Trump To Sign Order Banning Chinese Telecom Equipment Next Week
What is a quick, efficient way for Trump to signal to China, ahead of the upcoming March 1 deadline to reach a trade deal with Beijing, that contrary to media speculation that the US president will “drop tariffs without any concessions” from Beijing, he will do no such thing? One way is by signing an executive order banning Chinese telecom equipment from US wireless networks just a few days before March 1. And, according to Politico, that’s exactly what Trump plans on doing, right before a major industry conference at the end of February, and also just before the March 1 deal deadline.
According to three sources, the administration plans to release the directive, part of its broader effort to protect the U.S. from cyber threats, before MWC Barcelona, formerly known as Mobile World Congress, which takes place Feb. 25-28; the actual signing of the long-delayed order may take place as soon as next week.
“There’s a big push to get it out before MWC,” said an industry source familiar with the matter, who also requested anonymity to speak candidly.
By signing the order ahead of the world’s largest conference for the wireless industry, the White House hopes “to send a signal that future contracts for cutting-edge technology must prioritize cybersecurity.” The order will surely also further roil the Trump administration’s already tense relationship with Beijing, especially if the U.S. push erodes Chinese firms’ significant European market share.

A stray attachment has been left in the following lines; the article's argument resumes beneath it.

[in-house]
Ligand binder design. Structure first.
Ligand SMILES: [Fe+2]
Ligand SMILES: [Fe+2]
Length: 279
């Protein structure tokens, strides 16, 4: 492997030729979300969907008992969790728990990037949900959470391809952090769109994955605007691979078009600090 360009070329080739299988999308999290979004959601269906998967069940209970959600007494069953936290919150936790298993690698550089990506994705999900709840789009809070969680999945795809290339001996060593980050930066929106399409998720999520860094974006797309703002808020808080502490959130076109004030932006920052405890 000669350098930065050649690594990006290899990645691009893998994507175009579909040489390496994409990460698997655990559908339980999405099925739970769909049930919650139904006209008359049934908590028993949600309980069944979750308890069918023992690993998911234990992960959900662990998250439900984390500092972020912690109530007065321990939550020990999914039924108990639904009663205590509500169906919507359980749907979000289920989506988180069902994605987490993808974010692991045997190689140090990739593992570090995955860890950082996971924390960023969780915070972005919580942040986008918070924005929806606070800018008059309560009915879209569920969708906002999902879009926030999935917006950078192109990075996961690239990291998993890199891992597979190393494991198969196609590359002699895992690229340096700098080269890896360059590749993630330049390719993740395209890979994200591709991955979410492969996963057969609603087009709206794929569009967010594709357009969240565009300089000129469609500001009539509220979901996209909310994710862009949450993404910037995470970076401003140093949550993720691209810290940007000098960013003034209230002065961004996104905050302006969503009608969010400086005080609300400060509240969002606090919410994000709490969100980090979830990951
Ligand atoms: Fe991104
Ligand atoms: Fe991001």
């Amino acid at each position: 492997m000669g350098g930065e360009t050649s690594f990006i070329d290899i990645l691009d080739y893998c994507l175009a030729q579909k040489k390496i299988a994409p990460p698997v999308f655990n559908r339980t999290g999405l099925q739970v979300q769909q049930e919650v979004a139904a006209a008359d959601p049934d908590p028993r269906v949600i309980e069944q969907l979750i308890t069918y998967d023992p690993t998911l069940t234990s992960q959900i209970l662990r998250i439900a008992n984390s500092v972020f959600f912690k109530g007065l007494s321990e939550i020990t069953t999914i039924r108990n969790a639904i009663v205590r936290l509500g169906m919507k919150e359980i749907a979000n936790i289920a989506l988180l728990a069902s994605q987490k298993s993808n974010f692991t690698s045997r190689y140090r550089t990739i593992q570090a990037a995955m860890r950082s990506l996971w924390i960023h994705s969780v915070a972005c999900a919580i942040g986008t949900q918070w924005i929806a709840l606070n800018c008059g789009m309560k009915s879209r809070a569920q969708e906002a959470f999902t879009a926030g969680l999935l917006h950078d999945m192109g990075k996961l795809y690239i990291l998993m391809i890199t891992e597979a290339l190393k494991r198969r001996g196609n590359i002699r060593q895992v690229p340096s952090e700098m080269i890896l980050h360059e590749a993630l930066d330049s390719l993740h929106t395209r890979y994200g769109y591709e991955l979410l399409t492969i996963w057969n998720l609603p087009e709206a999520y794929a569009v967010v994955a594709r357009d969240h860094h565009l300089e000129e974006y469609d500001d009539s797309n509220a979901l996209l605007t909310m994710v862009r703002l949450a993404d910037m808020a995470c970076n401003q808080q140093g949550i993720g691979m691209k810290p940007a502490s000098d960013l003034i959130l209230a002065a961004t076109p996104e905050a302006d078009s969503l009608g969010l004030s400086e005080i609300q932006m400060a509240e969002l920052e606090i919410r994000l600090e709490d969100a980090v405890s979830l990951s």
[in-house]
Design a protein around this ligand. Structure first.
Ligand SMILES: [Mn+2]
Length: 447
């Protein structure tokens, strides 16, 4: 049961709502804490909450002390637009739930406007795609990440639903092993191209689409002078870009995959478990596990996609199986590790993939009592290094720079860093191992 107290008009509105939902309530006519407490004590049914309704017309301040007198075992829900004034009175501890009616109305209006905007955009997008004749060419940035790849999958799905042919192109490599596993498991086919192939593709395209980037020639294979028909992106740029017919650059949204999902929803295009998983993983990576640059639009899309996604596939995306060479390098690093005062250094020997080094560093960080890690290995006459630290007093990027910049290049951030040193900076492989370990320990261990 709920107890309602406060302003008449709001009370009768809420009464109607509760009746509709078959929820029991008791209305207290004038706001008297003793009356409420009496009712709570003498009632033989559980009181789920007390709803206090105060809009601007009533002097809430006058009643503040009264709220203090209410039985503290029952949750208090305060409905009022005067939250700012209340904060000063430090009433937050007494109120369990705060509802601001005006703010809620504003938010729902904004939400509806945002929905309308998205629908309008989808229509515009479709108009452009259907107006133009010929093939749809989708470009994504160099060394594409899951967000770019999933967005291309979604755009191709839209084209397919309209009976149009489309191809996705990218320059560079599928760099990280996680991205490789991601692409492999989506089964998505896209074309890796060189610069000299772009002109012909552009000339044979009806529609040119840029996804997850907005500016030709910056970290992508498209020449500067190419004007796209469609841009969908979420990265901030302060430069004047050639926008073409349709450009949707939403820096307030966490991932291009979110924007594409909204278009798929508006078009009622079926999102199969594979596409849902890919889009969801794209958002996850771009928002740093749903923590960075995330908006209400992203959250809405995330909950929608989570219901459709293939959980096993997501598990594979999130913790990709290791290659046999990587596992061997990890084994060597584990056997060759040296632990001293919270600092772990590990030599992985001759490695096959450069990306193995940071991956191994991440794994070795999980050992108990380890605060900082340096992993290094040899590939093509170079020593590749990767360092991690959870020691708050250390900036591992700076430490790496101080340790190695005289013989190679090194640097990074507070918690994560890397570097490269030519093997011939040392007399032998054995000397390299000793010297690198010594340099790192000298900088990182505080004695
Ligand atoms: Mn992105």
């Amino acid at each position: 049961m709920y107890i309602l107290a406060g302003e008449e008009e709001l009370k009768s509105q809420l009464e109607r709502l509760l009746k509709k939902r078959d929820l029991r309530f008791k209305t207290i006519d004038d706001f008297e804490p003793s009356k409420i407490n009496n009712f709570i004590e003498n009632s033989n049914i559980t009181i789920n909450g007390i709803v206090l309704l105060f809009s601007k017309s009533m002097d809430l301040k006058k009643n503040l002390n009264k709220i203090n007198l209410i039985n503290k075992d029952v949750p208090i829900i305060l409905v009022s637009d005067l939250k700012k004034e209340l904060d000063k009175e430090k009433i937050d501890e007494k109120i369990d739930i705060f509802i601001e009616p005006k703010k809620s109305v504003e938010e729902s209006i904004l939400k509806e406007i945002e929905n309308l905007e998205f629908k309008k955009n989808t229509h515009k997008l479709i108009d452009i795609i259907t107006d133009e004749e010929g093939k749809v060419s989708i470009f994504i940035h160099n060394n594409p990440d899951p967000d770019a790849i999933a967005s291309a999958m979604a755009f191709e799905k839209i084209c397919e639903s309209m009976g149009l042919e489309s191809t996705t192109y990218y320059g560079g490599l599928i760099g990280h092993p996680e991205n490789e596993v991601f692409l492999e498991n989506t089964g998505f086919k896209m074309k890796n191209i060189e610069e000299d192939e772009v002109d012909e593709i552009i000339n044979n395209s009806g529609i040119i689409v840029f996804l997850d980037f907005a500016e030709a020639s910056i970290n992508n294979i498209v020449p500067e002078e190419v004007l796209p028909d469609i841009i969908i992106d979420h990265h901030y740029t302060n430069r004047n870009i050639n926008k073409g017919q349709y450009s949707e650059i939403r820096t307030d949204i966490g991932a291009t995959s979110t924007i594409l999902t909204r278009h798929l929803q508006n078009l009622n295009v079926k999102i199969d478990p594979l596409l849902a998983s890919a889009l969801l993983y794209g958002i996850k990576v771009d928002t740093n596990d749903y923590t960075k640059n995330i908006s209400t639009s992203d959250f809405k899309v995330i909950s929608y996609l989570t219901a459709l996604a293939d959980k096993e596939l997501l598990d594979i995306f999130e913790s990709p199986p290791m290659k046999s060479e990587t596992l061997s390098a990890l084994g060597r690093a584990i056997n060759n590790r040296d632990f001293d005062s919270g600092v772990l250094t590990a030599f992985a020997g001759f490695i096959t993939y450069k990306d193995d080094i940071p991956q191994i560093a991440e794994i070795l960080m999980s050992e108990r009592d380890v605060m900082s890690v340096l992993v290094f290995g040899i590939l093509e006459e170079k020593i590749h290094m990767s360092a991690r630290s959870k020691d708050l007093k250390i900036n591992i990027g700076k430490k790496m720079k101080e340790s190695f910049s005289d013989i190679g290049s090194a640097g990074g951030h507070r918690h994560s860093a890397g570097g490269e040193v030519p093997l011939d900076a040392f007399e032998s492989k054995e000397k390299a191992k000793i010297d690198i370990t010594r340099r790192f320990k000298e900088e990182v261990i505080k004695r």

The reason behind the White House’s push is because with many countries eager to deploy next-generation 5G wireless networks to power the rapidly proliferating internet of things, Chinese firms such as Huawei and ZTE are aggressively pushing to build these networks — at a lower cost than virtually all of their competitors. And so, with these 5G build-outs looming, Trump admin officials want “to move the needle” with their security messaging, said the source close to the administration.
“Contracts are going out now,” this person told POLITICO. “Extra stigma could change the situation out in the countries on this major decision.”
“We’re going to be asking people to do things, but the U.S. legal and regulatory environment hasn’t really closed the circle yet on this issue,” said Paul Triolo, who leads the consulting firm the Eurasia Group’s global technology practice. “So there’s a lot of pressure now to get this EO out there.”
While the White House did not comment for the Politico report, National Security Council spokesman Garrett Marquis effectively confirmed the story, stating that the U.S. was “working across government and with our allies and like-minded partners to mitigate risk in the deployment of 5G and other communications infrastructure.”